On the evening of December 24, 1931, Edward and Julie Stewart were driving through the Arizona desert on their way to Phoenix. The couple was approximately 10 miles outside the town of Superior when one of their tires went flat. As reported by Arizona Capitol Times, Edward stopped the car along the side of the road and proceeded to change the tire. In the meantime, Julie was walking around the vehicle when she heard an unusual noise in the distance.
Julie told Edward about the noise, which, in her opinion, sounded like an infant crying. The couple followed the noises approximately 100 feet into the desert, where they were stunned to discover they were coming from a hatbox. Arizona Capitol Times reports the hatbox, which was made of black pasteboard, was pinned shut. When the Stewarts opened the box, they were horrified to find a tiny baby girl inside. Although the baby was crying, she did not appear to have any injuries and was dressed in a pair of pajamas with a flower pattern.
Nobody came forward to claim the Hatbox Baby
As reported by Arizona Capitol Times, Edward and Julie Stewart took the baby girl to a local police constable, who called a local midwife named Helen "Ma" Dana. Dana agreed to take care of the baby while authorities attempted to locate one or both of her parents. Dana, who started calling the baby "Marian," contacted a doctor to more thoroughly examine the infant. The doctor confirmed the baby was approximately six days old and did not have any injuries or health concerns.
As the baby was found in the middle of the desert, authorities were concerned that her mother might be in danger. However, Arizona Capitol Times reports they were unable to find any evidence as to the identity of the infant or her parents. Beginning the day after the infant was found, several newspapers began running stories about the so-called "Hatbox Baby." However, nobody came forward with any information about the tiny blue-eyed, red-haired girl or who her parents may have been.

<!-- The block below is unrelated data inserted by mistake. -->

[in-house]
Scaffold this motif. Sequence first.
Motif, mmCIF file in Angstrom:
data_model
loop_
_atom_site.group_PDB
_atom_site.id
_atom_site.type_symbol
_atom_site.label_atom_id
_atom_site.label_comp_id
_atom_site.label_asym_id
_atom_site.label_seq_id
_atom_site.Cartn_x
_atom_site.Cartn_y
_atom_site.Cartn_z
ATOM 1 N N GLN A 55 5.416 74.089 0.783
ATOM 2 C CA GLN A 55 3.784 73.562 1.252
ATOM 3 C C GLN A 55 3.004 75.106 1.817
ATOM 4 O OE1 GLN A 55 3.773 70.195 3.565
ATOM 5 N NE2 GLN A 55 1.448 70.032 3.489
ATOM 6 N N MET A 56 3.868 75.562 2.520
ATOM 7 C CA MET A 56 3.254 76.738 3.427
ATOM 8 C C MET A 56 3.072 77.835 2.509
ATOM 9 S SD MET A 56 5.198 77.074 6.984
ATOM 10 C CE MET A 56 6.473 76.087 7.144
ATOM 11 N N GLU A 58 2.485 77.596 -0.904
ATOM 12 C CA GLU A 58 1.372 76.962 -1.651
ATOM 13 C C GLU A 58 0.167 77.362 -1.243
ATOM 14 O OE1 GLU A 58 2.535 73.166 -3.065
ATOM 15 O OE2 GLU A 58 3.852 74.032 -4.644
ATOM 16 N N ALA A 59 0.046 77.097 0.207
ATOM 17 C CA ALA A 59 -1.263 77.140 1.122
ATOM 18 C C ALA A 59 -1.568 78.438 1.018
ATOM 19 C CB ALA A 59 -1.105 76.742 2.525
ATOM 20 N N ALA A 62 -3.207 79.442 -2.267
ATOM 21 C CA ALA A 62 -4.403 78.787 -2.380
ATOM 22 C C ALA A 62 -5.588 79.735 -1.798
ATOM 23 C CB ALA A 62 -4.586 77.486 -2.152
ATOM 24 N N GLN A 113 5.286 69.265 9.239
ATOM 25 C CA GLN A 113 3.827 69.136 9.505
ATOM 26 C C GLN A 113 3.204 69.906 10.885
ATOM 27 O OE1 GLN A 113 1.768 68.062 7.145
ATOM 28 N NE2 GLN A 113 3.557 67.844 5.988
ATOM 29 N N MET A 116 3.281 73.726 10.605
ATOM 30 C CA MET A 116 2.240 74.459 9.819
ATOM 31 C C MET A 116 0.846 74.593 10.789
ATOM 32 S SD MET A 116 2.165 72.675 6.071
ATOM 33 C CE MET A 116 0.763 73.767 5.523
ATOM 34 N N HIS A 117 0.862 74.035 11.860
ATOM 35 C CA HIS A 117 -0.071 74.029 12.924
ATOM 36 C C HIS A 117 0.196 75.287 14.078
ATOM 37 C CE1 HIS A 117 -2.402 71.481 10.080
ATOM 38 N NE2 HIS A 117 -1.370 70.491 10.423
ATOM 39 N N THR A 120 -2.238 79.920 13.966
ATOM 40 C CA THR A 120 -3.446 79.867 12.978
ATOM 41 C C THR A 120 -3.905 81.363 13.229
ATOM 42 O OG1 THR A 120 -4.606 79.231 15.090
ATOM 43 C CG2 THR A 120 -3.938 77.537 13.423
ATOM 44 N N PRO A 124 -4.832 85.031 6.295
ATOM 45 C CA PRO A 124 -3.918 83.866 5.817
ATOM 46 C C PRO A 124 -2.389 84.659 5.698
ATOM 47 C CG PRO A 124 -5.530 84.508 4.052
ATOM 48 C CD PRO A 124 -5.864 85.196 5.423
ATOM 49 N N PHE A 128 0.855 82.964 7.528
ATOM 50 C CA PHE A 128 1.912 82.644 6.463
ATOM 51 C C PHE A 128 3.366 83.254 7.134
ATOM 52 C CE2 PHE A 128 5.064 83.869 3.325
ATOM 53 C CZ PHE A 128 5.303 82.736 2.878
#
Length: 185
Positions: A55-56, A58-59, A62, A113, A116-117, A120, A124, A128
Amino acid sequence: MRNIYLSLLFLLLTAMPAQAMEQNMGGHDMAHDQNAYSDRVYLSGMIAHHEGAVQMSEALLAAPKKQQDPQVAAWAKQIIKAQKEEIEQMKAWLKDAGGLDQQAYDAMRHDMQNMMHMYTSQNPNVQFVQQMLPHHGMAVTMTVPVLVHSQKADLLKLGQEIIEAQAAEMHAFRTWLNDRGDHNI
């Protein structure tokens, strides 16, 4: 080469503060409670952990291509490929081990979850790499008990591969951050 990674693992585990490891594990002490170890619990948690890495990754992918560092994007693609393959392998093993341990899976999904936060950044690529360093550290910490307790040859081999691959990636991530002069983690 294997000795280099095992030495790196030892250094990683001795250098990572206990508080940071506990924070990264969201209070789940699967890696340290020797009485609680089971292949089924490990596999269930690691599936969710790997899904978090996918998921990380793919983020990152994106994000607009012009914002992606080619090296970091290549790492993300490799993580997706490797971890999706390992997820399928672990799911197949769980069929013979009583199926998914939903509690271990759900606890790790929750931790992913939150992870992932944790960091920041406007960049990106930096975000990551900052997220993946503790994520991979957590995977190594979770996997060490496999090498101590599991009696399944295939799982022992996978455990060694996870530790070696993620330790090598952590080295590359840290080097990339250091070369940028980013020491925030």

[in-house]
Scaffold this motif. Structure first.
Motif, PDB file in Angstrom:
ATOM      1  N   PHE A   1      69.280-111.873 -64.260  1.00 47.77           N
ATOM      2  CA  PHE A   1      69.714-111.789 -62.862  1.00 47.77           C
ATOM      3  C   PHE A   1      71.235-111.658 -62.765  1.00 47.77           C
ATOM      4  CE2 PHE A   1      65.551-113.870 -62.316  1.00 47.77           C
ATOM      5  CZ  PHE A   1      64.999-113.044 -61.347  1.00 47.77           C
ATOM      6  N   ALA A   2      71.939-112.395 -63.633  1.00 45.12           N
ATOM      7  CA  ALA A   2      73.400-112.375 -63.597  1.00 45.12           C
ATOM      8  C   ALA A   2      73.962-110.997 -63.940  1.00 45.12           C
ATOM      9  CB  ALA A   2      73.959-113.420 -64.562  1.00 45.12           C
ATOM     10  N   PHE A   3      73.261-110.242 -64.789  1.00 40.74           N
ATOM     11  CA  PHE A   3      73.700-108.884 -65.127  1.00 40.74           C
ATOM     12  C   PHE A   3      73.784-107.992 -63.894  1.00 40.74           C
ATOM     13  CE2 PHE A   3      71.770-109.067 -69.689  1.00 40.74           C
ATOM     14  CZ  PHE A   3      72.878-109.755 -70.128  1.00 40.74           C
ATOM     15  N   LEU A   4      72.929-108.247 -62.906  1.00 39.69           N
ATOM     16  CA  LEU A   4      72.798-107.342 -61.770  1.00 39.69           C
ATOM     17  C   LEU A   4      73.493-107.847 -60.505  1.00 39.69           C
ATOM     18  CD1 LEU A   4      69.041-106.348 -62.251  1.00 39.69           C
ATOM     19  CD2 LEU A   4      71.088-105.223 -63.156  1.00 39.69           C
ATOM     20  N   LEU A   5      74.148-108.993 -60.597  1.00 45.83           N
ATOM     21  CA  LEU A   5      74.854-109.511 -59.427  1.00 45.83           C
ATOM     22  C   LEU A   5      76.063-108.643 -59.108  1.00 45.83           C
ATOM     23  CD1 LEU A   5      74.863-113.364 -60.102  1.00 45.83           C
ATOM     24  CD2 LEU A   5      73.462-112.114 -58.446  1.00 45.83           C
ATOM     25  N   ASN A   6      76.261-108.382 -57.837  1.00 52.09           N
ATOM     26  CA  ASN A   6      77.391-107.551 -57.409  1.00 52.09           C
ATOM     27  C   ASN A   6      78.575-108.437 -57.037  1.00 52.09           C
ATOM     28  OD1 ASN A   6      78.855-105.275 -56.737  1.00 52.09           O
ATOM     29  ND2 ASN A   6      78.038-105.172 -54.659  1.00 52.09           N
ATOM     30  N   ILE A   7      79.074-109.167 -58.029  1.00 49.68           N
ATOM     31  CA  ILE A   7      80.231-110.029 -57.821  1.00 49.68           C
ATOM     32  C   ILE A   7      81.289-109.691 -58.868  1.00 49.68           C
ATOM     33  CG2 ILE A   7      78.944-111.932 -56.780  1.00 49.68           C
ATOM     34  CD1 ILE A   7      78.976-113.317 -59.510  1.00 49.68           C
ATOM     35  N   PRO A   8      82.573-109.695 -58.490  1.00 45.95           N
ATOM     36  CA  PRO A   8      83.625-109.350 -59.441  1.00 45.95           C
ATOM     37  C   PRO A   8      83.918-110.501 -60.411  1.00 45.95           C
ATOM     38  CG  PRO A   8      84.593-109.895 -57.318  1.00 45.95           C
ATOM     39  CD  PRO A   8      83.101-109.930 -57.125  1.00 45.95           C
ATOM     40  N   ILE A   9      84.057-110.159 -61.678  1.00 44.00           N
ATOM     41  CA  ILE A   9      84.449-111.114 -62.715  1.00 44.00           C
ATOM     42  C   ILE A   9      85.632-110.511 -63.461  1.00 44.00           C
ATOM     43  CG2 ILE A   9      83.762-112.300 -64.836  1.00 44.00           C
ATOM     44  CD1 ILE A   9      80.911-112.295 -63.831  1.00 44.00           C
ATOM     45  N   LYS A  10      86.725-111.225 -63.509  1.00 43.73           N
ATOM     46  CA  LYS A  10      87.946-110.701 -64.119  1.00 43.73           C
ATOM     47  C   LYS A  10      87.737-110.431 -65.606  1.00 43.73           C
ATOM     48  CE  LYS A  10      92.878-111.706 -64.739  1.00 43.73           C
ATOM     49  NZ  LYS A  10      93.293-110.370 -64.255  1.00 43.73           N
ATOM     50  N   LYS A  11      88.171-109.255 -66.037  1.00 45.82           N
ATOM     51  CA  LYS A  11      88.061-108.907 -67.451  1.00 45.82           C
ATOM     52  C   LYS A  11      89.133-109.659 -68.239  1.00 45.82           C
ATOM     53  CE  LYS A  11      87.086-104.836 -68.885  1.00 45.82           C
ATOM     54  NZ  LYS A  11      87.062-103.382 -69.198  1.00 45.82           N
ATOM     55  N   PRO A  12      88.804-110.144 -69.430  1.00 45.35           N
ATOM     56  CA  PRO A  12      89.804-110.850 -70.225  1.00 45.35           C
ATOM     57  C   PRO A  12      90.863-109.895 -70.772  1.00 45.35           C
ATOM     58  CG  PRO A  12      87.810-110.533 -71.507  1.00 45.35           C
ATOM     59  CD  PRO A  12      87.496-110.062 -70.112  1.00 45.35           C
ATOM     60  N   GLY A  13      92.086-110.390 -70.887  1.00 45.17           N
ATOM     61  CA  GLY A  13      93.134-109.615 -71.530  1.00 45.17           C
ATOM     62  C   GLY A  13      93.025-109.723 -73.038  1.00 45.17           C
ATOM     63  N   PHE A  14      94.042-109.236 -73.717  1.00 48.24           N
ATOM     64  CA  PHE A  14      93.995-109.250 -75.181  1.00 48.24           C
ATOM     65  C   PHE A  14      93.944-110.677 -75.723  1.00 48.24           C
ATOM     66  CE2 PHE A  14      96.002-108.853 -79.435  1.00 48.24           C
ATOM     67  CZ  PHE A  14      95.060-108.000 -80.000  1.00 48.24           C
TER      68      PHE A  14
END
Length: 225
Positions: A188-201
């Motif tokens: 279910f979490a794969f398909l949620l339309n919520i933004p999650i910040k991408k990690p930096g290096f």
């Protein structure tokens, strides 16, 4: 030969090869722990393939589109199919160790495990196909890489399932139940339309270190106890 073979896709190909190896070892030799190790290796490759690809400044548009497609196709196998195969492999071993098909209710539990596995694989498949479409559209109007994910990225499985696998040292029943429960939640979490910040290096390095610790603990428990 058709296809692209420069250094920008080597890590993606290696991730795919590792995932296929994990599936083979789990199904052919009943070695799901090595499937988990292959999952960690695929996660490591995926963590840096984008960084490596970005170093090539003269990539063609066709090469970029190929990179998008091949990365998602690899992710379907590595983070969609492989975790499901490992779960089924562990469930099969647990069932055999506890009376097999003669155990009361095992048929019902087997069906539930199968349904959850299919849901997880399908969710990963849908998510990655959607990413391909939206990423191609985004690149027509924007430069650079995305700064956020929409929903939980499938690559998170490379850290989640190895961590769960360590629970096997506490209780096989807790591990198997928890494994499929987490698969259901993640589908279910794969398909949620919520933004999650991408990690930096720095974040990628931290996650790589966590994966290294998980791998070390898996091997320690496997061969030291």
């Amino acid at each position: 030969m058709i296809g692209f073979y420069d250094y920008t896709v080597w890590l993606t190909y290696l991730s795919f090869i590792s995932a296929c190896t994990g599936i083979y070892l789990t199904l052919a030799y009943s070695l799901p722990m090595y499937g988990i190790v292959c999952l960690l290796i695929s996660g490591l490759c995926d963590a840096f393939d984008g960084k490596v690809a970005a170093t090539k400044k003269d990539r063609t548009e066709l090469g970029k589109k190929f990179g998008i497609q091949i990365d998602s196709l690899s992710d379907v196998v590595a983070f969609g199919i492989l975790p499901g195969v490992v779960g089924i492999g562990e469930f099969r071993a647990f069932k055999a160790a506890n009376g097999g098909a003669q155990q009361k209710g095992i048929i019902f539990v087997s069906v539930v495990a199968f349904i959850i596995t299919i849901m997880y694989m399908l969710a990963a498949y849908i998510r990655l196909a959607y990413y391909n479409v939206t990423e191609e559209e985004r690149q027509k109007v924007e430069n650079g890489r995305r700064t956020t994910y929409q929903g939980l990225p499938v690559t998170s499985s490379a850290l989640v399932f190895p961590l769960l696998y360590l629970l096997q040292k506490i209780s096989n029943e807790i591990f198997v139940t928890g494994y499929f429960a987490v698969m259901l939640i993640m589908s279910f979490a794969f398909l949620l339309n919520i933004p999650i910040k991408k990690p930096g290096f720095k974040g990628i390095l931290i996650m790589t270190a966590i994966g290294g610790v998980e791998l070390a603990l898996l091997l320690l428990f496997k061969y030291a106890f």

Faith and Henry Steig adopted the baby and named her Sharon
Although the entire country was in the midst of the Great Depression, the Mesa, Arizona community came together to help provide for the infant. Fewer than two months after the baby was found, 17 couples came forward offering to adopt her. As reported by Arizona Capitol Times, the infant was ultimately adopted by Faith and Henry Steig, who named their new daughter Sharon and settled in Phoenix.
Faith and Henry eventually divorced, and Faith retained custody of Sharon. Arizona Capitol Times reports Faith ultimately remarried, and she and her new husband raised Sharon as their own. In fact, Sharon was not aware she had been adopted until she was 55 years old. While she was on her deathbed, Faith told Sharon that she was adopted and also revealed she was the famous "Hatbox Baby." Following Faith’s death, Sharon was determined to find her biological parents in an effort to understand why she was abandoned in the middle of the desert.
The Hatbox Baby mystery was featured on Unsolved Mysteries